Toyin Falola (A History of Nigeria)
Don't let things that you cannot do discourage you and hold you back from things that you can do. It would be irrational to think that one can do everything; in this line of logic, self-analysis is crucial, meaning every person must analyze his/her true capacity, examine the current skills, and determine any essential future requirements.
John Taskinsoy
Goals are the result of bringing your dreams, ideas, and ideals into a real and examinable form by giving them permanence in written form.
Mensah Oteh (The Best Chance: A Guide to discovering your Purpose, reaching your Potential, experiencing Fulfilment and achieving Success in any area of life)
the right words. In 2014, researchers at Georgia Tech published a study in which they examined over nine million words and phrases used on Kickstarter to determine which language leads to success.25 The most important lesson is that the words and phrases associated with reciprocity and authority produce the best responses, while projects that focus too much on the need for funds fail. The most successful
Peter H. Diamandis (Bold: How to Go Big, Create Wealth and Impact the World (Exponential Technology Series))
In the cloudy swirl of misleading ideas surrounding public discussion of addiction, there’s one that stands out: the misconception that drug taking by itself will lead to addiction — in other words, that the cause of addiction resides in the power of the drug over the human brain. It is one of the bedrock fables sustaining the so-called “War on Drugs.” It also obscures the existence of a basic addiction process of which drugs are only one possible object, among many. Compulsive gambling, for example, is widely considered to be a form of addiction without anyone arguing that it’s caused by a deck of cards. The notion that addiction is drug-induced is often reinforced. Clearly, if drugs by themselves could cause addiction, we would not be safe offering narcotics to anyone. Medical evidence has repeatedly shown that opioids prescribed for cancer pain, even for long periods of time, do not lead to addiction except in a minority of susceptible people. During my years working on a palliative care ward I sometimes treated terminally ill cancer patients with extraordinarily high doses of narcotics — doses that my hardcore addict clients could only dream of. If the pain was alleviated by other means — for example, when patient was successfully given a nerve block for bone pain due to malignant deposits in the spine — the morphine could be rapidly discontinued. Yet if anyone had reason to seek oblivion through narcotic addiction, it would have been these terminally ill human beings. An article in the Canadian Journal of Medicine in 2006 reviewed international research covering over six thousand people who had received narcotics for chronic pain that was not cancerous in origin. There was no significant risk of addiction, a finding common to all studies that examine the relationship between addiction and the use of narcotics for pain relief. “Doubts or concerns about opioid efficacy, toxicity, tolerance, and abuse or addiction should no longer be used to justify withholding opioids,” concluded a large study of patients with chronic pain due to rheumatic disease. We can never understand addiction if we look for its sources exclusively in the actions of chemicals, no matter how powerful they are.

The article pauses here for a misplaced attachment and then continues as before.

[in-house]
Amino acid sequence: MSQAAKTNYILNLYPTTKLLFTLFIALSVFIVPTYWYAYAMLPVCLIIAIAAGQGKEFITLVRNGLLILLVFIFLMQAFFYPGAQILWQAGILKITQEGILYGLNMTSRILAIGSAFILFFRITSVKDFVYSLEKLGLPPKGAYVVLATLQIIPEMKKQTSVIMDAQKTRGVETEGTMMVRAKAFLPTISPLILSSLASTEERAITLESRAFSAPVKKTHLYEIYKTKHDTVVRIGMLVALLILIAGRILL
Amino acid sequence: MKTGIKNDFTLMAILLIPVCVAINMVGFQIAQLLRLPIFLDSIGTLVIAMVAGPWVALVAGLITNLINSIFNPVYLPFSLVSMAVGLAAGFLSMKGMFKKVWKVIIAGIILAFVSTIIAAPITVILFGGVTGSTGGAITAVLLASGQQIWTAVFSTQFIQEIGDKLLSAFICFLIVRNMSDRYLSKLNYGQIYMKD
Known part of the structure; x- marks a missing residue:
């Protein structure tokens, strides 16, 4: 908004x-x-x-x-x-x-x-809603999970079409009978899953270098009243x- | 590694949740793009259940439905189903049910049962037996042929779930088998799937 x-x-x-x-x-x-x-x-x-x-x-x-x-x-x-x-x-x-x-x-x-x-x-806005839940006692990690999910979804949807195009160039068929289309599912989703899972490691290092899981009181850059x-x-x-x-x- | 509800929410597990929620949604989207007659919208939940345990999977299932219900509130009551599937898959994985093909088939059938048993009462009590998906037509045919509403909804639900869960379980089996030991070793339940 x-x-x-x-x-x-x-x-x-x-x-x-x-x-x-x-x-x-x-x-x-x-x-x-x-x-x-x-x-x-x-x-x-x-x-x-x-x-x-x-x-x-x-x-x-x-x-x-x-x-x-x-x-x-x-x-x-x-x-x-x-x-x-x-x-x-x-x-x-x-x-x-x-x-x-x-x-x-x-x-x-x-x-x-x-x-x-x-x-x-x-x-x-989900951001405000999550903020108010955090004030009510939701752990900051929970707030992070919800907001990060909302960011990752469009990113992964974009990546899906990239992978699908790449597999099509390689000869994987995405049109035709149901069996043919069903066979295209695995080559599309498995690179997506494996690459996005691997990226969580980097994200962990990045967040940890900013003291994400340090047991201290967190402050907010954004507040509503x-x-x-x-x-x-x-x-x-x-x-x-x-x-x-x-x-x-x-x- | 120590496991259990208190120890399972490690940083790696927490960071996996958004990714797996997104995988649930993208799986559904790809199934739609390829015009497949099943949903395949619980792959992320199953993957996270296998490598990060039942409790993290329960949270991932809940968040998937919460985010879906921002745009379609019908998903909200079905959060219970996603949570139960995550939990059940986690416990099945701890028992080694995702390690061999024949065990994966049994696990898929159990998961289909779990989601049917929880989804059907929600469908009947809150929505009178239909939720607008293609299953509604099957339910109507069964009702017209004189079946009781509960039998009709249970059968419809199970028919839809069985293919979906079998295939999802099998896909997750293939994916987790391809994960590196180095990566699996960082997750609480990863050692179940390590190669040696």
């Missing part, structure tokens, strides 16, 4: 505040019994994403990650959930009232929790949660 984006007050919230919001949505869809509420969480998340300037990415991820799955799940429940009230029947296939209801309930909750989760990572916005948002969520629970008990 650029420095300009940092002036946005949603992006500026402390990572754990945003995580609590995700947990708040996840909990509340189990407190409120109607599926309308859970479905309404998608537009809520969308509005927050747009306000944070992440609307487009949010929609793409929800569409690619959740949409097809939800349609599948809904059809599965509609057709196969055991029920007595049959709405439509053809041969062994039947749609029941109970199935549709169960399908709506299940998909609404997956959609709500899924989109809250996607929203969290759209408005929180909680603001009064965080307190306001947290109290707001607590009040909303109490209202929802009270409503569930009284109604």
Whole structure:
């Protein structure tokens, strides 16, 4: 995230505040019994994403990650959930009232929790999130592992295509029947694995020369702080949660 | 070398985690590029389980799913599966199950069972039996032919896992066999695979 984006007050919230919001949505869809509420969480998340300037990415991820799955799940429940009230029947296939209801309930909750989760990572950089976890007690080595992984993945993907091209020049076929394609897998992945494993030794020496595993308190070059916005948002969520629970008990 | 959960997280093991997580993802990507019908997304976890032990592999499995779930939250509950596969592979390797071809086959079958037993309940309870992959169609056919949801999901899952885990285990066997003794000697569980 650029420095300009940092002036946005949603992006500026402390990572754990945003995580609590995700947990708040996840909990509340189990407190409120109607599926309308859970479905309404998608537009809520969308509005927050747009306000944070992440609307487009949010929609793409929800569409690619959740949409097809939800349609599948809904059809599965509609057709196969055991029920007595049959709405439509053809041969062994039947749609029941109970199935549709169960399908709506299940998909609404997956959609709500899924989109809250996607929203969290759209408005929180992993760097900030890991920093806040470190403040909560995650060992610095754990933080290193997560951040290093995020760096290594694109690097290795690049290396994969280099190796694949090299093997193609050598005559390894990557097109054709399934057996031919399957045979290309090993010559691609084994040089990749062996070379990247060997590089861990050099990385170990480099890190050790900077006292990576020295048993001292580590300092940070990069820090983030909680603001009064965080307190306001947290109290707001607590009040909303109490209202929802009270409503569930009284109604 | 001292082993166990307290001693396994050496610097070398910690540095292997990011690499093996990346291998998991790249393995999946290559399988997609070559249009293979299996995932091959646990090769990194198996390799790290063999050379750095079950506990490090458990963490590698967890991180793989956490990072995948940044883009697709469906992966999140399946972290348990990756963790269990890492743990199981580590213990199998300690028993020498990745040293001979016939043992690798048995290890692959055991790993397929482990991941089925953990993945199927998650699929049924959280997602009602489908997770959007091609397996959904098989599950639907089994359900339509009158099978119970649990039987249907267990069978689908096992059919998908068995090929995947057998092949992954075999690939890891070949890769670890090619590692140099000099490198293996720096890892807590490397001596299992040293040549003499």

Gabor Maté (In the Realm of Hungry Ghosts: Close Encounters with Addiction)
AlphaPoint Completes Blockchain Trial Together with Scotiabank AlphaPoint, a fintech company, devoted to blockchain technological innovation, has accomplished a successful proof technology together with Scotiabank, a major international bank based in Barcelone, Canada. From the trial, Scotiabank sought to learn and examine how the AlphaPoint Distributed Journal Platform could be leveraged inside across a selection of use situations. When questioned if AlphaPoint and Scotiabank intended to further build this job, Igor Telyatnikov, president and also COO regarding AlphaPoint, advised Bitcoin Journal that he was not able to comment especially on the subsequent steps in the particular Scotiabank-AlphaPoint effort. He performed, however, suggest that AlphaPoint is about to reveal several additional media shortly. “We have a couple of other significant announcements that is to be announced inside the coming calendar month, including a generation launch using a systemically crucial financial institution, ” said Telyatnikov. “2017 will be shaping around be an unbelievable year for that distributed journal technology market as a whole and then for AlphaPoint also. ” Within the multi-month venture, trade studies were published upon deployment of the AlphaPoint Distributed Journal Platform, which usually ran concurrently on Microsoft’s Azure impair and AlphaPoint hardware. Inside real-time, typically the blockchain community converted FIXML messages to be able to smart deals and produced an immutable “single truth” across the complete network. The particular Financial Details eXchange (FIX) is a sector protocol used for communicating stock options information inside specific digital messages. Including information about getting rates, market info and buy and sell orders. Using trillions involving dollars bought and sold annually around the Nasdaq only, financial providers entities are usually investing seriously in maximizing electronic buying and selling to increase their particular speed monetary markets and decrease costs. Blockchain technology may help them help save $8-12 million per annum, which includes savings up to 70 percent throughout reporting, 50 % in post-trade and 50 % in consent, according to a report by Accenture and McLagan.